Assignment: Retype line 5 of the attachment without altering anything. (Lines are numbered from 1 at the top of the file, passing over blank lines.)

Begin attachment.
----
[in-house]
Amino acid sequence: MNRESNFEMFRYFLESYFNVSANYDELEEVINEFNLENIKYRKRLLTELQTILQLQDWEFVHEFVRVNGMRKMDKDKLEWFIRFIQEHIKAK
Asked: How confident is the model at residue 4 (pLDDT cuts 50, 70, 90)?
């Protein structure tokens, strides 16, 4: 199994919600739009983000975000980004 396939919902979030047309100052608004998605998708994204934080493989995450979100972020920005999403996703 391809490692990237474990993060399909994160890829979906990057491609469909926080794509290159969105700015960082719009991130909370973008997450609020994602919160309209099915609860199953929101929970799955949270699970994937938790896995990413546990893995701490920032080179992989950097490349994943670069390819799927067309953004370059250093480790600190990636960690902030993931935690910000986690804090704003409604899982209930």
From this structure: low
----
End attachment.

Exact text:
From this structure: low